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Bloomberg L.P. v. Board of Governors of the Federal Reserve System

From Wikipedia, the free encyclopedia

Bloomberg L.P. v. Board of Governors of the Federal Reserve System
USDCSDNY.png
CourtUnited States District Court for the Southern District of New York
Full case nameBloomberg L.P., Plaintiff, v. Board of Governors of the Federal Reserve System, Defendant.
DecidedAugust 24, 2009
Docket nos.1:08-cv-09595
Court membership
Judge(s) sittingLoretta A. Preska

Bloomberg L.P. v. Board of Governors of the Federal Reserve System, 1:08-cv-09595,[1][2] was a lawsuit by Bloomberg L.P. against the Board of Governors of the Federal Reserve System for disclosure of information about banks and other financial institutions that had borrowed from the Federal Reserve discount window during the United States housing bubble and ensuing financial crisis.

During the financial crisis, the U.S. Congress, Federal Reserve, Treasury Department and Federal Deposit Insurance Corporation, developed the Emergency Economic Stabilization Act of 2008 to shore up financial institutions by purchasing mortgage-backed securities, and loaning cash directly to banks and bank holding companies. Many of the distressed banks would not come forward to accept such loans publicly for fear of a bank run and loss of investors. As a result, the Federal Reserve developed a program for those banks and financial institutions to access the discount window which is not normally subject to publication.

As part of investigative reporting conducted by journalists Mark Pittman and Bob Ivry, Bloomberg L.P. was denied a request to the Federal Reserve, under the Freedom of Information Act, for disclosure of borrower banks and their collateral. Subsequently, a lawsuit was filed with United States District Court for the Southern District of New York on November 7, 2008 in order to force disclosure.

On August 24, 2009, Chief U.S. District Judge Loretta Preska ruled that the Federal Reserve had until September 14 to disclose the information. Later, on August 27, the court agreed to the Fed's request to delay implementation of a ruling until the Court of Appeals acts on its appeal. It was given until no later than September 30, 2009 to obtain an appeals authorization. The case was successfully appealed to the United States Court of Appeals for the Second Circuit.[3][4]

March 19, 2010, a unanimous three judge panel of the appeals court ruled the Federal Reserve Board must release the documents. May 4, 2010, the Federal Reserve Board and The Clearing House Association L.L.C. appealed for a rehearing however, August 20, 2010, the United States Court of Appeals for the Second Circuit denied both requests.[5][6] August 26, 2010, the Board filed a request to stay the judgement for appeal to the U.S. Supreme Court. On August 26, 2010, the court agreed to delay implementation of the ruling until October 19 so that the Fed may appeal to the Supreme Court.[4][7]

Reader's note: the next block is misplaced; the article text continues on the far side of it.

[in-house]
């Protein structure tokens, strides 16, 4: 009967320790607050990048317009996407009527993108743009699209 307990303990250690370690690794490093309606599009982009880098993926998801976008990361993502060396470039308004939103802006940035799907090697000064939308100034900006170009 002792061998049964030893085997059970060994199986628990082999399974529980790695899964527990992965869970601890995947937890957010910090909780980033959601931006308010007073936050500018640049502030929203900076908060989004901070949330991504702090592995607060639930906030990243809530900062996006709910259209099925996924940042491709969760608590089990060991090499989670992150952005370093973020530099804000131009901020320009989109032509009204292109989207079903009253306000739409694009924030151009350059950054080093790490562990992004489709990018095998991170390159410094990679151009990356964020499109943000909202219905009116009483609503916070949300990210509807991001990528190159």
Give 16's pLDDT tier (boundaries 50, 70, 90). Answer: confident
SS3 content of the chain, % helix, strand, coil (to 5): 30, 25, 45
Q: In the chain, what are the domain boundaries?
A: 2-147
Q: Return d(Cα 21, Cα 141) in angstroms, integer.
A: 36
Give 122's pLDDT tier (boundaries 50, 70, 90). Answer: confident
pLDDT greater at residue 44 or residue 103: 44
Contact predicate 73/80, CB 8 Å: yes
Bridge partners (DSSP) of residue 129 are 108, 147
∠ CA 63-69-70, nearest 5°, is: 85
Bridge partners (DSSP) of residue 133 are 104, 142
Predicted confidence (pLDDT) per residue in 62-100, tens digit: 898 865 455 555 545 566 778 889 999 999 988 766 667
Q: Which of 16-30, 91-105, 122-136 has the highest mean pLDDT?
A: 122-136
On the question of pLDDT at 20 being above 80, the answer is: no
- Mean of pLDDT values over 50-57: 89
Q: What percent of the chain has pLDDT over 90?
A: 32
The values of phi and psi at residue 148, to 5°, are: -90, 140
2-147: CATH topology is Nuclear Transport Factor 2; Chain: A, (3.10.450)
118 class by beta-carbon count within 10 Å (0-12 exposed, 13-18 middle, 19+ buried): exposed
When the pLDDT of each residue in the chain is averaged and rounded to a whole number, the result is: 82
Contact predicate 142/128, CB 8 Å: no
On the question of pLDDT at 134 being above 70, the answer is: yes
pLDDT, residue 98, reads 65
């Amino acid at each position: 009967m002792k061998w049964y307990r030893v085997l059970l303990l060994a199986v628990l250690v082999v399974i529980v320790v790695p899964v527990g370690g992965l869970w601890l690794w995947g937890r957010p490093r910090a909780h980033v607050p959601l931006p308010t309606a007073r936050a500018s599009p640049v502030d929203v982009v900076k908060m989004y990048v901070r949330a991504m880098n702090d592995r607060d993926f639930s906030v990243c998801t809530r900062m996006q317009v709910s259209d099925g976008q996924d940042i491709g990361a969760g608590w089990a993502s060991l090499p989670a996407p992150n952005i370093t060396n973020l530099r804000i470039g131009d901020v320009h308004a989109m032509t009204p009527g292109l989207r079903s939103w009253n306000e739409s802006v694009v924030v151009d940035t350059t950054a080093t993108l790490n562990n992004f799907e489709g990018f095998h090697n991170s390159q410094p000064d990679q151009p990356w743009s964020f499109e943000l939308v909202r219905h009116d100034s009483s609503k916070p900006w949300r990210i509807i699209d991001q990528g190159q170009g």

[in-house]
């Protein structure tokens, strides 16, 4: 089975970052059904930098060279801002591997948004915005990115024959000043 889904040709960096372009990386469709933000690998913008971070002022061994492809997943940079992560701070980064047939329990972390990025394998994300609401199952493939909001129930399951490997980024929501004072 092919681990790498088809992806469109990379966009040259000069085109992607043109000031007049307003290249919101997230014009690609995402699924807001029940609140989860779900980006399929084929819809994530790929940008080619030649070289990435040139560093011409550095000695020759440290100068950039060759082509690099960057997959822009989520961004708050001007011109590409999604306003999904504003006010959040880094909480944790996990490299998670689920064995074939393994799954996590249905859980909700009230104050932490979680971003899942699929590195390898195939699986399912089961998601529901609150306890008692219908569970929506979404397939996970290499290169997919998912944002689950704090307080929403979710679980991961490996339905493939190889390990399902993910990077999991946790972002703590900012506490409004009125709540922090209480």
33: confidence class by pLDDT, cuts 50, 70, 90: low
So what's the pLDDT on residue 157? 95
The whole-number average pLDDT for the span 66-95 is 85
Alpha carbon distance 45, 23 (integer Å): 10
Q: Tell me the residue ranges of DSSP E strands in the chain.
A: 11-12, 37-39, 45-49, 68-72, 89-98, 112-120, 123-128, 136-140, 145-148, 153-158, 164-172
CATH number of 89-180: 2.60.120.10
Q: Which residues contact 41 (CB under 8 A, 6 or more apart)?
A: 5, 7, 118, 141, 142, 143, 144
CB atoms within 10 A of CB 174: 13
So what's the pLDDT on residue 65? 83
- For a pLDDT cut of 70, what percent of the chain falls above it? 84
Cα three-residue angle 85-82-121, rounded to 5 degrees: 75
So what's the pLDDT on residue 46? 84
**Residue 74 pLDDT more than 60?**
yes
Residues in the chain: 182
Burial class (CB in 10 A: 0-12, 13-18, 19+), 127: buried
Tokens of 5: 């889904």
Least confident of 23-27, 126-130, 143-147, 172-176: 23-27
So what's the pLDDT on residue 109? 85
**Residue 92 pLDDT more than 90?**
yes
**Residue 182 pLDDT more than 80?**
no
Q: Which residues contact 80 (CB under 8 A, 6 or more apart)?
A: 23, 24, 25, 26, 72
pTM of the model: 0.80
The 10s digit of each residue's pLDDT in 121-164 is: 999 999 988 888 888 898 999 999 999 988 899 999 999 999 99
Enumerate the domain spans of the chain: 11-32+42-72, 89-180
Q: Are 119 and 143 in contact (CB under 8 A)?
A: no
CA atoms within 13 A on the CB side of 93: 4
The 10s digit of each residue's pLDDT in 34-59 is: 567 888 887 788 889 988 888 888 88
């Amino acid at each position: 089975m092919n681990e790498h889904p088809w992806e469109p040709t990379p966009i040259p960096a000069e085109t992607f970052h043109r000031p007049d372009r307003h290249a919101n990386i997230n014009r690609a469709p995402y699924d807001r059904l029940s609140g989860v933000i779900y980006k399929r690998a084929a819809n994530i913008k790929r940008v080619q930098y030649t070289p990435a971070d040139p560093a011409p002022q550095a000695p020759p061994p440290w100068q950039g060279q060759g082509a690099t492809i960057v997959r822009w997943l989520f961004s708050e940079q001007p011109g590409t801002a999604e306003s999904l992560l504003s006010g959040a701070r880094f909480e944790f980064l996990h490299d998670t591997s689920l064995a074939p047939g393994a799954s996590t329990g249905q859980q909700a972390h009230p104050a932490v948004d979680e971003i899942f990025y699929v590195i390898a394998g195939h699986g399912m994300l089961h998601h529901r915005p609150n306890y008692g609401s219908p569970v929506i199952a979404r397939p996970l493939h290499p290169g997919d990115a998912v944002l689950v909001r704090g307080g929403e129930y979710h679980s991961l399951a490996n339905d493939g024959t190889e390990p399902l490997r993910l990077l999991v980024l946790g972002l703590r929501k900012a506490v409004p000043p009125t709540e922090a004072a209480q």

The case was appealed but ultimately rejected on March 21, 2011. The Federal Reserve was required to release the data within five days to Bloomberg L.P.[8][9]

See also

References

  1. ^ "Bloomberg L.P. v. Board of Governors of the Federal Reserve System". Docket Report. Justia.com. Retrieved 17 March 2012.
  2. ^ "Bloomberg L.P. v. Board of Governors of the Federal Reserve System". Public Access to Court Electronic Records. Retrieved 17 March 2012.
  3. ^ "Court Rules Against the Federal Reserve: Requirement to Disclose Borrower Information" (PDF). Economic Stabilization Advisory Grou. Shearman & Sterling. Retrieved 17 March 2012.[permanent dead link]
  4. ^ a b "Bloomberg L.P. v. Board of Governers of the Federal Reserve Systems". Court of Appeals Docket #: 09-4083-cv. Retrieved 18 March 2012 – via ghostofwamu.com.
  5. ^ Feuer, Alan (March 19, 2010). "Appeals Court Rules Fed Must Release Loan Reports". The New York Times. Retrieved 18 March 2012.
  6. ^ Rosen, Ellen. "Federal Reserve, Lehman, Disney, Apple, JPMorgan, Wesleyan in Court News". Bloomberg.com. Retrieved 2012-01-04.
  7. ^ Rosen, Ellen (30 August 2010). "Fed Gets 60 Days to Appeal Court's Disclosure Order". Bloomberg. Retrieved 17 March 2012.
  8. ^ G. Stohr; B.Ivry (March 21, 2011). "Fed Will Release Bank Loan Data as Top Court Rejects Appeal". Bloomberg. Retrieved 19 March 2012.
  9. ^ Keoun; Kuntz; Benedetti-Valentini; Buhayar; Campbell; Condon; Finch; Frye; Griffin; Harper; Hyuga; Ivry; Kirchfeld; Kopecki; Layne; Logutenkova; Martens; Moore; Mustoe; Son; Sterngold. "The Fed's Secret Liquidity Lifelines". Bloomberg. Retrieved 17 March 2012.
This page was last edited on 5 September 2020, at 12:16
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